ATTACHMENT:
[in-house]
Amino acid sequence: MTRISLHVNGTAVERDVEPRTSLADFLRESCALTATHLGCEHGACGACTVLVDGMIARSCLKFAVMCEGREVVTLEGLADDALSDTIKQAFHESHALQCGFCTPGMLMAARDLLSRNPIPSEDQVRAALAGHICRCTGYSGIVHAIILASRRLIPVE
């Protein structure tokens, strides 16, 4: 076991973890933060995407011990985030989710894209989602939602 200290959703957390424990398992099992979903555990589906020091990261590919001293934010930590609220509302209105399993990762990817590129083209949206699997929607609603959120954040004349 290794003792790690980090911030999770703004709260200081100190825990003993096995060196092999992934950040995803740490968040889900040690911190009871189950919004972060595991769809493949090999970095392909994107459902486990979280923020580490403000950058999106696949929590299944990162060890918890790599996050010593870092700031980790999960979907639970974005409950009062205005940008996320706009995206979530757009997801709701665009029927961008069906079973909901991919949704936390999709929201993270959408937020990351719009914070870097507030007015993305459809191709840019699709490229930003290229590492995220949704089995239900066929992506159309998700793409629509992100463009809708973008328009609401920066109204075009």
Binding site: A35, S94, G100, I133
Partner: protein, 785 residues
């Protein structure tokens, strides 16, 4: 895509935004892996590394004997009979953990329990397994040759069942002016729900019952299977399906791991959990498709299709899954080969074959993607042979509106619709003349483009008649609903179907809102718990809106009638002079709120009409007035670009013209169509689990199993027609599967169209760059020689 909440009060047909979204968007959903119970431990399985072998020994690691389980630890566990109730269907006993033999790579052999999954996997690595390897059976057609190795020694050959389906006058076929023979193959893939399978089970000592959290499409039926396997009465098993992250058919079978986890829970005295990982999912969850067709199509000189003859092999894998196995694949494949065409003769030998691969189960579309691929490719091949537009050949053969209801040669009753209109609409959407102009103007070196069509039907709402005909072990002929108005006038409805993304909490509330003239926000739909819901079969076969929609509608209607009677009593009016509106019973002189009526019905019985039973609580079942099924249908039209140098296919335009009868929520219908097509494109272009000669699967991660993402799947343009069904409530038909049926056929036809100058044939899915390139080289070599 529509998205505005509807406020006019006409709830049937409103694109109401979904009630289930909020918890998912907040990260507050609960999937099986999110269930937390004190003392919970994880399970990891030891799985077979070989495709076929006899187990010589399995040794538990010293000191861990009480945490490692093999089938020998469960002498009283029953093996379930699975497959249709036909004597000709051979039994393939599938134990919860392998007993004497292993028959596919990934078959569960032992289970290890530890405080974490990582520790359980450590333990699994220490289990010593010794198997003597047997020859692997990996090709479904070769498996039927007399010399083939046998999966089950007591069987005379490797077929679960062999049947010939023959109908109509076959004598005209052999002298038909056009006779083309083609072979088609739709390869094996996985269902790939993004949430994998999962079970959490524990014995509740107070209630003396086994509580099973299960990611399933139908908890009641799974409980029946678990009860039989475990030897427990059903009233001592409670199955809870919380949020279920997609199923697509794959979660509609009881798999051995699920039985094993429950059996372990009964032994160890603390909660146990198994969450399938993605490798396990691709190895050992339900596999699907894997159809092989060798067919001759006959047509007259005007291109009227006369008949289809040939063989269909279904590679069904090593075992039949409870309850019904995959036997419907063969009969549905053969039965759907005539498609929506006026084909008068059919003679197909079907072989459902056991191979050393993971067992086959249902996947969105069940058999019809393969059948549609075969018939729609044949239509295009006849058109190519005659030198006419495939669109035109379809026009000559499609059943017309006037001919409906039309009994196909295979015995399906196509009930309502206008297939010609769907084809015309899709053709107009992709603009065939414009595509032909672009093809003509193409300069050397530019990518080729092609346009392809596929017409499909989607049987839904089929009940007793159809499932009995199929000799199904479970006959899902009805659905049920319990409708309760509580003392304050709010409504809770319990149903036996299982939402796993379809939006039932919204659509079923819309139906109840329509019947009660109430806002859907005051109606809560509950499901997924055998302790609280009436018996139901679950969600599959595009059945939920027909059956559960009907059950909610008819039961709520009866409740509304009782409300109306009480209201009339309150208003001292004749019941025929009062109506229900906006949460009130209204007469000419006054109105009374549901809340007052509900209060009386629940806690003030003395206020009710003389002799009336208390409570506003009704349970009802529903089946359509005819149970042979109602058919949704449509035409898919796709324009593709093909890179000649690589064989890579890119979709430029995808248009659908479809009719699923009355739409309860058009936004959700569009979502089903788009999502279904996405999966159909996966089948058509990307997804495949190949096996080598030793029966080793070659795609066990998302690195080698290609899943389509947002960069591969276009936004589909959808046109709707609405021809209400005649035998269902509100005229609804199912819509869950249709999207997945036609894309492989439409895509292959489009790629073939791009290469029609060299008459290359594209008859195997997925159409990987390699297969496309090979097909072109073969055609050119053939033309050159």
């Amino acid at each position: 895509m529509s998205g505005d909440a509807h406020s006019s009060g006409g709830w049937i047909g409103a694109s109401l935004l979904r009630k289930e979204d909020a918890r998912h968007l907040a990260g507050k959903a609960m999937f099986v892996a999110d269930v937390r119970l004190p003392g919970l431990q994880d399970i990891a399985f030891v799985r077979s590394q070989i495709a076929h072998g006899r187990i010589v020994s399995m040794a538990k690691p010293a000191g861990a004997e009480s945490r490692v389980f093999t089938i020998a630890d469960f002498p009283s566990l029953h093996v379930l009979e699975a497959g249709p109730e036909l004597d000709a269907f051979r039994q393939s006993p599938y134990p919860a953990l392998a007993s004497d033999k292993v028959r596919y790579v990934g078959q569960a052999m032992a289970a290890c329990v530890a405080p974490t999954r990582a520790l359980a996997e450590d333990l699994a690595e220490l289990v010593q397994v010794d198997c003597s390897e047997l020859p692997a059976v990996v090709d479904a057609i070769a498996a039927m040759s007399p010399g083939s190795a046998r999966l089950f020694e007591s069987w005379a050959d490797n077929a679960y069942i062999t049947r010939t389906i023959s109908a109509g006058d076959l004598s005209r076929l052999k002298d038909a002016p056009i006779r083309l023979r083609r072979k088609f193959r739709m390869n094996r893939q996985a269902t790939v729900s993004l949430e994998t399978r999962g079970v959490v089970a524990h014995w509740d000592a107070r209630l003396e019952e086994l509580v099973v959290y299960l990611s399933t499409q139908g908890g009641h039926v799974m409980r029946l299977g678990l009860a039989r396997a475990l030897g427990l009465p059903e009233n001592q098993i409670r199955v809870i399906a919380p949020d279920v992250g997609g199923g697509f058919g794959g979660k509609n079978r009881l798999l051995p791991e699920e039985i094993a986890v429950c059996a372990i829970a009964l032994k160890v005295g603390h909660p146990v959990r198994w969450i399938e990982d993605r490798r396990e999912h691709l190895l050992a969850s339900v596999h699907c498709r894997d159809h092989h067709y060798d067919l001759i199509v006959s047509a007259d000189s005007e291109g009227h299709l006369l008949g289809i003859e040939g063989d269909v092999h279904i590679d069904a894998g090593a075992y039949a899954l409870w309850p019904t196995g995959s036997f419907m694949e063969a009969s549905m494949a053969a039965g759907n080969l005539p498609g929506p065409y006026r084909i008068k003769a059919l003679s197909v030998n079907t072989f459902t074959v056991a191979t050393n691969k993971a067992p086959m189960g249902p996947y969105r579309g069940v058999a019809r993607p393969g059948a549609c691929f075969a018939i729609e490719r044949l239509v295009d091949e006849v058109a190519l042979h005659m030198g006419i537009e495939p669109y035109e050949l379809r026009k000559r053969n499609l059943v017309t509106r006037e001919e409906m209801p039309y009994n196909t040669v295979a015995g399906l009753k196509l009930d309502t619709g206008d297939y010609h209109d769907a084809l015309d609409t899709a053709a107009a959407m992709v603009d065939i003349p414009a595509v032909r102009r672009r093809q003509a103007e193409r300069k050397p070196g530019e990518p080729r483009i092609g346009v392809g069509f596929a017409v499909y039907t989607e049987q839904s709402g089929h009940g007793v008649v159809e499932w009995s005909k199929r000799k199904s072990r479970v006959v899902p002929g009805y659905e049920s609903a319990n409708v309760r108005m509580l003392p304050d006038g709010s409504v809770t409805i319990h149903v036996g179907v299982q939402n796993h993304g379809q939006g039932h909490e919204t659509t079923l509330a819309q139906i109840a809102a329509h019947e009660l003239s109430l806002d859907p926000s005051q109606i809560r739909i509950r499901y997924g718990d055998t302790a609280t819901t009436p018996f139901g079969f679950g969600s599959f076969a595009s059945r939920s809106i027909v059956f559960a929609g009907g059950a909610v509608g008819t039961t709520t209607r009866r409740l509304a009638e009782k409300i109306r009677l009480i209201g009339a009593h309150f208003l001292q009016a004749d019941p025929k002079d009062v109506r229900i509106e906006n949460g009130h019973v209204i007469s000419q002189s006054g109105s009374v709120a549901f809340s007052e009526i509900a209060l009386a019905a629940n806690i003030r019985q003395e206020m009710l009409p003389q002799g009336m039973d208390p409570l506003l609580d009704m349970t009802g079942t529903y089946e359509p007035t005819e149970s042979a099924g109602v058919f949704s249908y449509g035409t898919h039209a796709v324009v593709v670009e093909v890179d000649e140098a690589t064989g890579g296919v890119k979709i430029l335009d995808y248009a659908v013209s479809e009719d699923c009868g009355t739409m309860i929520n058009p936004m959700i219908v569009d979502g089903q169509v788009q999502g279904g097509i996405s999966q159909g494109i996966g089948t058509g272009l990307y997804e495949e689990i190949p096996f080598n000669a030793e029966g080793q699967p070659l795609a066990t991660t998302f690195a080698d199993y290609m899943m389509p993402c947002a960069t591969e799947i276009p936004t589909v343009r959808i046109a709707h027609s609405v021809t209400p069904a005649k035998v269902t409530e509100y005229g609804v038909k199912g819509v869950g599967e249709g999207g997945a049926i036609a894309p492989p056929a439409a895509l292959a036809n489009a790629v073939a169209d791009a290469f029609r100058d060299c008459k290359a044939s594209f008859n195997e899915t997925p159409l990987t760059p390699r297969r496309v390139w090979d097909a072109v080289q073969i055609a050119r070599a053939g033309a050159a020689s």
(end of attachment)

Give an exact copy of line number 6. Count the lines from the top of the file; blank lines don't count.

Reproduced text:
């Protein structure tokens, strides 16, 4: 895509935004892996590394004997009979953990329990397994040759069942002016729900019952299977399906791991959990498709299709899954080969074959993607042979509106619709003349483009008649609903179907809102718990809106009638002079709120009409007035670009013209169509689990199993027609599967169209760059020689 909440009060047909979204968007959903119970431990399985072998020994690691389980630890566990109730269907006993033999790579052999999954996997690595390897059976057609190795020694050959389906006058076929023979193959893939399978089970000592959290499409039926396997009465098993992250058919079978986890829970005295990982999912969850067709199509000189003859092999894998196995694949494949065409003769030998691969189960579309691929490719091949537009050949053969209801040669009753209109609409959407102009103007070196069509039907709402005909072990002929108005006038409805993304909490509330003239926000739909819901079969076969929609509608209607009677009593009016509106019973002189009526019905019985039973609580079942099924249908039209140098296919335009009868929520219908097509494109272009000669699967991660993402799947343009069904409530038909049926056929036809100058044939899915390139080289070599 529509998205505005509807406020006019006409709830049937409103694109109401979904009630289930909020918890998912907040990260507050609960999937099986999110269930937390004190003392919970994880399970990891030891799985077979070989495709076929006899187990010589399995040794538990010293000191861990009480945490490692093999089938020998469960002498009283029953093996379930699975497959249709036909004597000709051979039994393939599938134990919860392998007993004497292993028959596919990934078959569960032992289970290890530890405080974490990582520790359980450590333990699994220490289990010593010794198997003597047997020859692997990996090709479904070769498996039927007399010399083939046998999966089950007591069987005379490797077929679960062999049947010939023959109908109509076959004598005209052999002298038909056009006779083309083609072979088609739709390869094996996985269902790939993004949430994998999962079970959490524990014995509740107070209630003396086994509580099973299960990611399933139908908890009641799974409980029946678990009860039989475990030897427990059903009233001592409670199955809870919380949020279920997609199923697509794959979660509609009881798999051995699920039985094993429950059996372990009964032994160890603390909660146990198994969450399938993605490798396990691709190895050992339900596999699907894997159809092989060798067919001759006959047509007259005007291109009227006369008949289809040939063989269909279904590679069904090593075992039949409870309850019904995959036997419907063969009969549905053969039965759907005539498609929506006026084909008068059919003679197909079907072989459902056991191979050393993971067992086959249902996947969105069940058999019809393969059948549609075969018939729609044949239509295009006849058109190519005659030198006419495939669109035109379809026009000559499609059943017309006037001919409906039309009994196909295979015995399906196509009930309502206008297939010609769907084809015309899709053709107009992709603009065939414009595509032909672009093809003509193409300069050397530019990518080729092609346009392809596929017409499909989607049987839904089929009940007793159809499932009995199929000799199904479970006959899902009805659905049920319990409708309760509580003392304050709010409504809770319990149903036996299982939402796993379809939006039932919204659509079923819309139906109840329509019947009660109430806002859907005051109606809560509950499901997924055998302790609280009436018996139901679950969600599959595009059945939920027909059956559960009907059950909610008819039961709520009866409740509304009782409300109306009480209201009339309150208003001292004749019941025929009062109506229900906006949460009130209204007469000419006054109105009374549901809340007052509900209060009386629940806690003030003395206020009710003389002799009336208390409570506003009704349970009802529903089946359509005819149970042979109602058919949704449509035409898919796709324009593709093909890179000649690589064989890579890119979709430029995808248009659908479809009719699923009355739409309860058009936004959700569009979502089903788009999502279904996405999966159909996966089948058509990307997804495949190949096996080598030793029966080793070659795609066990998302690195080698290609899943389509947002960069591969276009936004589909959808046109709707609405021809209400005649035998269902509100005229609804199912819509869950249709999207997945036609894309492989439409895509292959489009790629073939791009290469029609060299008459290359594209008859195997997925159409990987390699297969496309090979097909072109073969055609050119053939033309050159």